Cordillera, a name given by the Spanish Conquistadors when they first saw the mountain ranges. Meaning “knotted rope”, the Spanish term refers to the jumbled rolls and dips of this long-range traversing the northern part of Luzon Island. Today, if one is to generalize one of the six ethno-linguistic tribes as an “Igorot” is considered degrading.
Living amidst the rice terraces that tower over Northern Luzon are a people whose way of life existed long before any Spaniard or other foreigners stepped foot on the Philippines. The Bontoc, Ifugao, Benguet, Apayao, and the Kalinga tribes reign over Luzon’s mountain terrain. They are people with a complex system of beliefs, living simple lives to appease their gods. Their rituals celebrate their daily lives – a good harvest, health, peace, war, and other symbols of living. Such traditions have survived the changing scope of the Philippines and the tribes continue to maintain their cultures that are a part of the colourful cultural fabric known as Philippine culture.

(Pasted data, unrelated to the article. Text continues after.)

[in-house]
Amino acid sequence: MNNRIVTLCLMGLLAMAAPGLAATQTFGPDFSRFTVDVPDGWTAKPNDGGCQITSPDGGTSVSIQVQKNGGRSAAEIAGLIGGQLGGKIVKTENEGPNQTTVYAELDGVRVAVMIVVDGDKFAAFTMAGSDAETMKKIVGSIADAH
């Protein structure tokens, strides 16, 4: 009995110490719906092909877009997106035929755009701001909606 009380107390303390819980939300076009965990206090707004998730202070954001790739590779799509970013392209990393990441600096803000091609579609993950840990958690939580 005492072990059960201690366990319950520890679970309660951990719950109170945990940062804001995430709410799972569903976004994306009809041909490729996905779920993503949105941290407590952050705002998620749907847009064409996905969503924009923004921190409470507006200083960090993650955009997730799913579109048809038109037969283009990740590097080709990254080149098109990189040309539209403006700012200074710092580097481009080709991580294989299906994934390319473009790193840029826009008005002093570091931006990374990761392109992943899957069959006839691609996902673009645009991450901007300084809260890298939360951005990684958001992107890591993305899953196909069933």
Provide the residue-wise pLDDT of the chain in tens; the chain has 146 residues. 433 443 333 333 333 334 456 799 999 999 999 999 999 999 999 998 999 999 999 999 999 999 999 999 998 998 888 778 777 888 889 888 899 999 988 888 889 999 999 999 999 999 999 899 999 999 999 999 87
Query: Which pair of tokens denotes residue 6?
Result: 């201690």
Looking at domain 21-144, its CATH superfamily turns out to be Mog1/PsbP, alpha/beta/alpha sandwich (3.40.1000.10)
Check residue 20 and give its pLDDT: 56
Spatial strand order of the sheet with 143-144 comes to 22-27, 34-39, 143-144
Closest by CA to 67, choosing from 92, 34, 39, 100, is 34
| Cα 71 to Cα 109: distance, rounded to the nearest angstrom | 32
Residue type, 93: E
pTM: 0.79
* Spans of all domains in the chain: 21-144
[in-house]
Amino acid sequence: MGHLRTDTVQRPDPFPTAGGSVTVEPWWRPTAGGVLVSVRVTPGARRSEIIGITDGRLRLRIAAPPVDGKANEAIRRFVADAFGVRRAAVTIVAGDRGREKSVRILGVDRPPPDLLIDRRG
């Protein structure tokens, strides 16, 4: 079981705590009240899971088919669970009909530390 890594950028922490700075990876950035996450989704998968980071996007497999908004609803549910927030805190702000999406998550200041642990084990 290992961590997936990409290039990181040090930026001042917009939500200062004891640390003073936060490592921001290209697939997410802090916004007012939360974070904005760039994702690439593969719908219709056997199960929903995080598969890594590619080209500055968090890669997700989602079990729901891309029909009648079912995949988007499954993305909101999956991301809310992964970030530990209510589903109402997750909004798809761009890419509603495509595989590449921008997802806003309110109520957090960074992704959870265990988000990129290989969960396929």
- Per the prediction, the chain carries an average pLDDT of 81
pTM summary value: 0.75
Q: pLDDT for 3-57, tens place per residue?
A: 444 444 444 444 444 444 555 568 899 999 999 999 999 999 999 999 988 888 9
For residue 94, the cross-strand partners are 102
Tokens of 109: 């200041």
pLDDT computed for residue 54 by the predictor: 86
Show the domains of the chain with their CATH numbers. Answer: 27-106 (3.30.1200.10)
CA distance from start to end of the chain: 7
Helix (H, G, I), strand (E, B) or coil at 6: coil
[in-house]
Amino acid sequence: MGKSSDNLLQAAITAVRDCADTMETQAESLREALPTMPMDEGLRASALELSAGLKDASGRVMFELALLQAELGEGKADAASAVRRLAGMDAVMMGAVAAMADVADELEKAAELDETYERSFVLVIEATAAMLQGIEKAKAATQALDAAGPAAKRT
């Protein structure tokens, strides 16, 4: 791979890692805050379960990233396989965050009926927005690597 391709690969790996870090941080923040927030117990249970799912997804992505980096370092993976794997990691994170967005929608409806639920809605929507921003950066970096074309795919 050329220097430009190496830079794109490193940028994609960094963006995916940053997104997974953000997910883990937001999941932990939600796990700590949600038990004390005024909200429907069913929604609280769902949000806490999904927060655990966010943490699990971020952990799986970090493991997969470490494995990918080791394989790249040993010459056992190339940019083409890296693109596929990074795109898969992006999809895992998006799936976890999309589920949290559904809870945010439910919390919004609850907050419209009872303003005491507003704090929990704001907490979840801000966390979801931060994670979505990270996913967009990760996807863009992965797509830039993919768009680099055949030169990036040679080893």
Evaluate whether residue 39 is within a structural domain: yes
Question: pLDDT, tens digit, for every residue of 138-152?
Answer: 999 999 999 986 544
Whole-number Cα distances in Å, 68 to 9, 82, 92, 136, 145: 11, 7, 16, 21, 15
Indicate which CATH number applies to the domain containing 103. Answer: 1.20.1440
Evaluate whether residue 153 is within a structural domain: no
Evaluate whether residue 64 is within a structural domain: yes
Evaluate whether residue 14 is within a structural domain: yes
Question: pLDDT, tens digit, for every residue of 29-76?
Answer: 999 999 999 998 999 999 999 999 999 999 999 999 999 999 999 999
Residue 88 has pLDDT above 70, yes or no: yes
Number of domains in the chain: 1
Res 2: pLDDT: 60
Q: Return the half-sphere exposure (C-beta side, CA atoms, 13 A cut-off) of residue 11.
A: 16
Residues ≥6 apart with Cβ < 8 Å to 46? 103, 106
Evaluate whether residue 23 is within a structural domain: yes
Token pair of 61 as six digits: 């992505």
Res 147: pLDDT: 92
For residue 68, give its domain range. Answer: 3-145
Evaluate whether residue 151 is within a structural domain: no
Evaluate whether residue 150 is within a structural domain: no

The mountainous Central Cordillera region of Northern Luzon hold common religious beliefs, generally nature-related, and make propitiatory offerings to anitos, or household gods. For the people of the Cordillera, dance continues to be an expression of community life that animates the various rituals and ceremonies. They dance to appease their ancestors and gods to cure ailments, to ensure success at war, or to ward off bad luck or natural calamities. They also dance to ensure bountiful harvests, favourable weather, and to mark milestones in the cycle of life.
The following pieces are only a few selections from KP’s repertoire.
The Salip of the Kalinga tribe depicts a warrior claiming his bride by presenting her with a matrimonial blanket. She follows the man to connote obedience.
Uyaoy / Uyauy
This is an Ifugao wedding festival dance accompanied by gongs and is performed by the affluent to attain the second level of the wealthy class.